Scott's early feature reflects the aesthetic predilections of students at the Royal College of Art and other similar schools in England in the late 1960s and early 1970s--that is an intense vision of nature related to the art of the radical painters in the Pre-Raphaelite Brotherhood in the mid-nineteenth-century. This represented a rejection of then-dominant modernism in art. Scott's exquisitely photographed (in black and white) natural scenery relates to paintings by John Everett Millais, William Holman Hunt, and Arthur Hughes, then enjoying a renaissance of sorts. In the relation of natural innocence, poignant ruins, and war, the short anticipates Malick's "The Thin Red Line," and here can easily be seen as a reflection on the disaster that was Viet Nam in 1971. In addition, one wonders if Scott studied Winslow Homer's works in art school, for one of the most famous illustrations and paintings by the American artist who chronicled the Civil War was one of a sharpshooter in a tree, wielding a newly invented firearm that could slay at great distance--a coldly mechanized aspect of this particular war. Scott's protagonist reflects on that seemingly unfair advantage, from the position of someone who experiences the heat of battle both behind and in front of the barrel. An impressive early feature, very much of its time.
  • jzappa18 September 2006
    6/10
    Not Sure
    I like Tony Scott's eye candy. I think he exercises what a lot of critics look down their noses at certain filmmakers for exercising, which is visual style. That is the focal point of the art of film. I just don't know how much I like this debut of his. I think he was still testing the waters when he made this.

    I like the idea of slowly and quietly building to a climax of madness, but he doesn't quite keep me riveted. I think both the rising action of the film and the climax are both a little tedious and a little overworked. I like Scott's concept but his execution needed work. He worked on it, of course, and now, I think, his movies are some of the most fun you can have at the movies.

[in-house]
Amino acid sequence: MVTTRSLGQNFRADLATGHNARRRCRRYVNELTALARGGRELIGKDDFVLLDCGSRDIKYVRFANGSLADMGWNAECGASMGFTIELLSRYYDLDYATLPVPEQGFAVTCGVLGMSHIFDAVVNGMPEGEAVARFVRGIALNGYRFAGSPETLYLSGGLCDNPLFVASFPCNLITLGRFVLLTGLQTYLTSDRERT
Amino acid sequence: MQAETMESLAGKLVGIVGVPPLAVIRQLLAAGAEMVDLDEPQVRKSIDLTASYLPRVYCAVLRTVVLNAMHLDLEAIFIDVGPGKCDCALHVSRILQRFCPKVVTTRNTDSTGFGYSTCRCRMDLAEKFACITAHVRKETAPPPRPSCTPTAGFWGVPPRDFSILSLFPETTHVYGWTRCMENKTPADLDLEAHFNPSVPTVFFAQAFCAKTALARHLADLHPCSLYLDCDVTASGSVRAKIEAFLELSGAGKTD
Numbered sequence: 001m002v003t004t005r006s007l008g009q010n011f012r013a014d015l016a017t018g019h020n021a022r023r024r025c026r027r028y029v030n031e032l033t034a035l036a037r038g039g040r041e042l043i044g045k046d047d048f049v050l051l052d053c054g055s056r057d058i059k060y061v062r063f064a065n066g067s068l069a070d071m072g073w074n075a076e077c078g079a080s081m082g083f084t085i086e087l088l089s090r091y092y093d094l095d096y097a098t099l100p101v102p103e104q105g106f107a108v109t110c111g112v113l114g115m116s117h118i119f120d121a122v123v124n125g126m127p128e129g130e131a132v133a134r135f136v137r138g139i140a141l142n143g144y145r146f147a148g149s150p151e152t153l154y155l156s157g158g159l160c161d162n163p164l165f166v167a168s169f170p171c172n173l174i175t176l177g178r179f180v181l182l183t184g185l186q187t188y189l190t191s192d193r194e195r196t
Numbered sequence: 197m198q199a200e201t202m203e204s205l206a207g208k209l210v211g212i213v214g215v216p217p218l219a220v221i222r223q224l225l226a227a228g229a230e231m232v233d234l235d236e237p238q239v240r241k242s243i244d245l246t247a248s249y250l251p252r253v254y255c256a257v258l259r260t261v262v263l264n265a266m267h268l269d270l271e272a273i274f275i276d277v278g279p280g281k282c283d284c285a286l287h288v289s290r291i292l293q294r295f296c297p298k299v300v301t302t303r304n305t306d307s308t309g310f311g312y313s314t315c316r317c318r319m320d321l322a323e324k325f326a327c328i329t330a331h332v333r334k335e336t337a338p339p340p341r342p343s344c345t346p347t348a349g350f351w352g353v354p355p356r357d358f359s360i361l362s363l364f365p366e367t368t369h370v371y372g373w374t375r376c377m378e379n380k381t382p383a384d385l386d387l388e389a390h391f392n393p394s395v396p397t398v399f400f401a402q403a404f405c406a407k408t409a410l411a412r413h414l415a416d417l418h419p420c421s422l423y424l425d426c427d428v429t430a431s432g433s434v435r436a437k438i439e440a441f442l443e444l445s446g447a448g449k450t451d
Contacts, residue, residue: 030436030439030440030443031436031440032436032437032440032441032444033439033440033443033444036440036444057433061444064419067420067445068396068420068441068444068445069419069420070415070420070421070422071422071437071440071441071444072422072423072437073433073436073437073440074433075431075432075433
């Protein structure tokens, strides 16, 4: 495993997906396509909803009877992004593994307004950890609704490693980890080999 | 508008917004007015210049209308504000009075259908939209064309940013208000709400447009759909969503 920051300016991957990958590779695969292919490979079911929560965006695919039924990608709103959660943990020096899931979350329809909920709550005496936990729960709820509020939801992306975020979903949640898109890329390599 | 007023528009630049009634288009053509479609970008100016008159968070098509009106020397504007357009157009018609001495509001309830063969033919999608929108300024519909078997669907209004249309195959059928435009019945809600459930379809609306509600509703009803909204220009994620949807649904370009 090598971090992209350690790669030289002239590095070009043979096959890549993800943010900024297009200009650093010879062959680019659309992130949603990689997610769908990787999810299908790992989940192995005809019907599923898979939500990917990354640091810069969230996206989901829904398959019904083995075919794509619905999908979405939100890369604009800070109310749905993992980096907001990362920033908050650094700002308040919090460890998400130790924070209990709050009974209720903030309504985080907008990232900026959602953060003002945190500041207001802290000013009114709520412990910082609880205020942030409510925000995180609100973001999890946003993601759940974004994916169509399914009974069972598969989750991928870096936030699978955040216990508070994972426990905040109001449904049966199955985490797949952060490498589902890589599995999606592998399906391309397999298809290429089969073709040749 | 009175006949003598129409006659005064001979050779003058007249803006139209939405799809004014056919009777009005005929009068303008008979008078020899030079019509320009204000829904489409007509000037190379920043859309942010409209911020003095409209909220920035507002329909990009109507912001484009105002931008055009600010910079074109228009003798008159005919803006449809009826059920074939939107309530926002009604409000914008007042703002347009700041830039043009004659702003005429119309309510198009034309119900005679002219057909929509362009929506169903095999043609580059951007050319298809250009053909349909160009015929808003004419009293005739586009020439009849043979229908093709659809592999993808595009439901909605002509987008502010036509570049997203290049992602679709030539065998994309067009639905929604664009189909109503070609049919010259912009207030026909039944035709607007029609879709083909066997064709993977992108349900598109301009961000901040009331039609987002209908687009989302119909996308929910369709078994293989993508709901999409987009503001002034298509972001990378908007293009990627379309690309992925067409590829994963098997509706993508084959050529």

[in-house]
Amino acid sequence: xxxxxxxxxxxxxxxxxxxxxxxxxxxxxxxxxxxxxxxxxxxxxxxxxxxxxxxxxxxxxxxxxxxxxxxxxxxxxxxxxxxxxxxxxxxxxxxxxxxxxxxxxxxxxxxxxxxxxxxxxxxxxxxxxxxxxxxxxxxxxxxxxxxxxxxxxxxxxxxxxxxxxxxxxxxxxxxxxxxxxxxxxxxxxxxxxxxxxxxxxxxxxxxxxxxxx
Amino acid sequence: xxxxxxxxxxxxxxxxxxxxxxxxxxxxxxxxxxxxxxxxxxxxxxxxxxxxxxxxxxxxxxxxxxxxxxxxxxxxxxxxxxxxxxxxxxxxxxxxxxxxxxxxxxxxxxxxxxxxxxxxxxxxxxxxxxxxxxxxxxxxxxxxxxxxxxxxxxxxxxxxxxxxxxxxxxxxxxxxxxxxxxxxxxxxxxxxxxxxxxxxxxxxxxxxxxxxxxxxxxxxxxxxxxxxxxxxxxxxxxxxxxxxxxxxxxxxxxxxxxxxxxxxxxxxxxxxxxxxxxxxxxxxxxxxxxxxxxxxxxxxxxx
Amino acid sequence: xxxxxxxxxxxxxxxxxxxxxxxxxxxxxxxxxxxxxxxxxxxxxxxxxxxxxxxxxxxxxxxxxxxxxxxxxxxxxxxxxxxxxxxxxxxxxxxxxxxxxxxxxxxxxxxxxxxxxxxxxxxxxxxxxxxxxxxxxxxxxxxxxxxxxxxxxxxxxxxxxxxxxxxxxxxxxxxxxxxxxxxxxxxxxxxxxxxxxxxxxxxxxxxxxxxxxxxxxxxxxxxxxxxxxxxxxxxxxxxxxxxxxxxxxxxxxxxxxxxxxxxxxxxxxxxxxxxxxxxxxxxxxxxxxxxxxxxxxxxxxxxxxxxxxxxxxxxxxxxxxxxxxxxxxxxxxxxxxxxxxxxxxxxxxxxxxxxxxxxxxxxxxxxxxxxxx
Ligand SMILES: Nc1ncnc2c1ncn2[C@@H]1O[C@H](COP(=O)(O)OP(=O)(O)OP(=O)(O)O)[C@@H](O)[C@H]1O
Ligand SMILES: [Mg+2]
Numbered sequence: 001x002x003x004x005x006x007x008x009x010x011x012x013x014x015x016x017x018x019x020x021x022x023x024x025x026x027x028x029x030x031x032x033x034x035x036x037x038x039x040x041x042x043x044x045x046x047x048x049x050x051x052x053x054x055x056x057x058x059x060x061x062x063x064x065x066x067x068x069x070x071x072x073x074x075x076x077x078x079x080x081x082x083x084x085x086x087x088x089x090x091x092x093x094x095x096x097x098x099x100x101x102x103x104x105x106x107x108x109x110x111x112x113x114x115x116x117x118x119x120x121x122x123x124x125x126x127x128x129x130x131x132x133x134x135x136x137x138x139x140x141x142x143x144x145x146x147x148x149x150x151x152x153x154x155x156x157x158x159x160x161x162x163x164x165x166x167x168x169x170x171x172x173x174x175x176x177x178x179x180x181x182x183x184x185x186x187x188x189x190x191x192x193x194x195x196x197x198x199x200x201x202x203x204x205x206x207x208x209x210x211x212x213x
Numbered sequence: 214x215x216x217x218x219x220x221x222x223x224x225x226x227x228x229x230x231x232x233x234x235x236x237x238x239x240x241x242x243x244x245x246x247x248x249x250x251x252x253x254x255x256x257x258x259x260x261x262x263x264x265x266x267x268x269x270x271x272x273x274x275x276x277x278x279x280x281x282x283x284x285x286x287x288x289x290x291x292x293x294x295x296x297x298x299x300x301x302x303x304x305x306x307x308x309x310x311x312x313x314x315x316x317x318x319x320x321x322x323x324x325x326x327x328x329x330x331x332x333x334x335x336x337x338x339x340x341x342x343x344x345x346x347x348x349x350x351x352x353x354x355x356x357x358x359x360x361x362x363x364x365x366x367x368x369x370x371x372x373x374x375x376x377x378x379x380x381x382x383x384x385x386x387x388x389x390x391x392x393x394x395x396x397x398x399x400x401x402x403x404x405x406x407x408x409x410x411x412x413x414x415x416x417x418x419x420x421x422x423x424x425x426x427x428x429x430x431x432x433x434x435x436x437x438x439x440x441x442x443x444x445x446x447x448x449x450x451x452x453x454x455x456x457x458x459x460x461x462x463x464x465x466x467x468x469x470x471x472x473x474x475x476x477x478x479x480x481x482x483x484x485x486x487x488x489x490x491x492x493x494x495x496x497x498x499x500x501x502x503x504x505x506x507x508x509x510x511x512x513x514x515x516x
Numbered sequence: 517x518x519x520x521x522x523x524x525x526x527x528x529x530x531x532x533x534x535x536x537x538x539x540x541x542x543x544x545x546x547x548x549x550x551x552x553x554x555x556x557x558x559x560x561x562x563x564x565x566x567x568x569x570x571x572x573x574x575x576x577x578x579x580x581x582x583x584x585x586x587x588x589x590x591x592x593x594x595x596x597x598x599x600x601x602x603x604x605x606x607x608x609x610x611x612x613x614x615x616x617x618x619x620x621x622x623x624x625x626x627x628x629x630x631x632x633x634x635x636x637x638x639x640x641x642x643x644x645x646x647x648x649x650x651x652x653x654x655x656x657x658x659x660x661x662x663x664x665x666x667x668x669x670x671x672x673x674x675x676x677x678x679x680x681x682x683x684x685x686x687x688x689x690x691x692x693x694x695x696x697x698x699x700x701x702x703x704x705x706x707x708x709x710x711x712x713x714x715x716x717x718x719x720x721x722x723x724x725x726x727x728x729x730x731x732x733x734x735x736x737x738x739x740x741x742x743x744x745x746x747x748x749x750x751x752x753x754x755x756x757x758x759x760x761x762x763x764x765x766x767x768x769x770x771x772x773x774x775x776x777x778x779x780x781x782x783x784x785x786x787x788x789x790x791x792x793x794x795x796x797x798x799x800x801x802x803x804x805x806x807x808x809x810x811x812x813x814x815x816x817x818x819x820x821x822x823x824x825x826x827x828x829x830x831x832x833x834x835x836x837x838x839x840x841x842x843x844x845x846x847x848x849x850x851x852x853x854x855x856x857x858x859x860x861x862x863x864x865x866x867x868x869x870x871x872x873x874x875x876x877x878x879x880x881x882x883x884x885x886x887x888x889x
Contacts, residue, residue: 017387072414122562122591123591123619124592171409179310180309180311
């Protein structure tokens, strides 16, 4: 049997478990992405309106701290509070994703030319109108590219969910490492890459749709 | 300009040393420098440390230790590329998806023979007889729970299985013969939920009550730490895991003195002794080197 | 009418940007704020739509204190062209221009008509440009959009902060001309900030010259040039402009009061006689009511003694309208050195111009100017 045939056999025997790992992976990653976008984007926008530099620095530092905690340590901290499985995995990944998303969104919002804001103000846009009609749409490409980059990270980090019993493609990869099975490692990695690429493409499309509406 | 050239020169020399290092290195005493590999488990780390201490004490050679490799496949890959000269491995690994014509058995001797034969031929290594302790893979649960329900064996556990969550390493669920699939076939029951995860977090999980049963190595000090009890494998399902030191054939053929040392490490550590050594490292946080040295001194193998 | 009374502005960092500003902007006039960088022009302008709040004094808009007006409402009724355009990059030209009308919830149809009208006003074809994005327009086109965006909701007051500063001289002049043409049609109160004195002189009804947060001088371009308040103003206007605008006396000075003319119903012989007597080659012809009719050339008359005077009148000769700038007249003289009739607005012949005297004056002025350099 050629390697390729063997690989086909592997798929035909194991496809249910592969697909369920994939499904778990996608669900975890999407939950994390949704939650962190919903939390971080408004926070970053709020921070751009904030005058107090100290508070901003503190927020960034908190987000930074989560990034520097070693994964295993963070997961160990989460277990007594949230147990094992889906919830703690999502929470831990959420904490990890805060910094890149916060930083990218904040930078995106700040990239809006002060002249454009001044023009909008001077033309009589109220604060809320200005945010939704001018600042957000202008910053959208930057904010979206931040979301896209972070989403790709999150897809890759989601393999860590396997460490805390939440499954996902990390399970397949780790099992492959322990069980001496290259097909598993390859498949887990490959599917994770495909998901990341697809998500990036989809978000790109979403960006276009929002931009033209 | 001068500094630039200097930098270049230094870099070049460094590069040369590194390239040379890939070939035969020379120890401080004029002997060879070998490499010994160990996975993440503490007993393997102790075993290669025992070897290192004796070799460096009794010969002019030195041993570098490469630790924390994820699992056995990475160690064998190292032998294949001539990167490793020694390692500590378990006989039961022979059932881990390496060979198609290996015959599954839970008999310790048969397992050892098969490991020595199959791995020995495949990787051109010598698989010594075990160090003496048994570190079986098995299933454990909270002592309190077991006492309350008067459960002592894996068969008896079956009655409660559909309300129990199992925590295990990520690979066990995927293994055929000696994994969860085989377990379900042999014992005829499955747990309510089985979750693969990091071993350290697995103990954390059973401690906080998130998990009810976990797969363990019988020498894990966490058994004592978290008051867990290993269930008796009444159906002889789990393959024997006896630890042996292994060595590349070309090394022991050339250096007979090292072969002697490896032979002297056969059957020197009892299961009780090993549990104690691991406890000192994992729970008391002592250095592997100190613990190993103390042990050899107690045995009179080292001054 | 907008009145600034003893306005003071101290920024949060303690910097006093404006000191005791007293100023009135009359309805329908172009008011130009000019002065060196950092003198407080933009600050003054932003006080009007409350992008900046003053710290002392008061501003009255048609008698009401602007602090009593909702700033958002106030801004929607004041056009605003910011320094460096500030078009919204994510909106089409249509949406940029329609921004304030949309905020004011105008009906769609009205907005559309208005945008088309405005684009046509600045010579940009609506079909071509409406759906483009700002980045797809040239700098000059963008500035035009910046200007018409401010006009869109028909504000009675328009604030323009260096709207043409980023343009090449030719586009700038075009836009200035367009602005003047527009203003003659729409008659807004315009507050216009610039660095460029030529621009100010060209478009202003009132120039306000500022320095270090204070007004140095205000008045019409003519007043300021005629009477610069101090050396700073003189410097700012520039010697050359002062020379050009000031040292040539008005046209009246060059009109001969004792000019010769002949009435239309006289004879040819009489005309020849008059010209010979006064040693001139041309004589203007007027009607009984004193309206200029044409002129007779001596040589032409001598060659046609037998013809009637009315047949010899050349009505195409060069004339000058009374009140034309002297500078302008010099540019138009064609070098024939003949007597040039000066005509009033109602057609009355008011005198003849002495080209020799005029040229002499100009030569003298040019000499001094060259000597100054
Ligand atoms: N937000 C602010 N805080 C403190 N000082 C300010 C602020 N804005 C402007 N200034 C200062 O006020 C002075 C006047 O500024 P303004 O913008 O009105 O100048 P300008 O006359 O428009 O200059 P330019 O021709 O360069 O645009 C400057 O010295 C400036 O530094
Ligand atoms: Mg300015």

• postmanwhoalwaysringstwice26 September 2006
    7/10
    skinny
    Warning: Spoilers
    Many years before director Tony Scott got around to making such Hollywood friendly extravaganzas as "Top Gun" and "Man on Fire", he made this short Civil War film about a Confederate soldier going alone into enemy territory. Of course things go badly, which makes it especially unclear what the intention for the deadly mission was in the first place. Nonetheless, this visually interesting film does offer another examination of the atrocities of war, which was possibly the point of making the film anyway. It's told in a very quiet fashion, with minimal dialogue, and with an intensification of the sounds of nature. It's too bad that Scott couldn't have continued making films that show people in a more natural, personal way as opposed to how his characters ridiculously fatten up to caricatures with his bloated Hollywood work.
  • Darren O'Shaughnessy (darren shan)21 June 2001
    7/10
    Interesting early work
    Impressive short film by Scott (billed as Anthony Scott), made while he was still a film student. Set during America's Civil War, it follows the grim fortunes of a scout who becomes trapped in the rubble of a bombed-out house behind enemy lines. A little over-flashy perhaps (like some of Scott's later features!), but a definite cut above most similar student projects.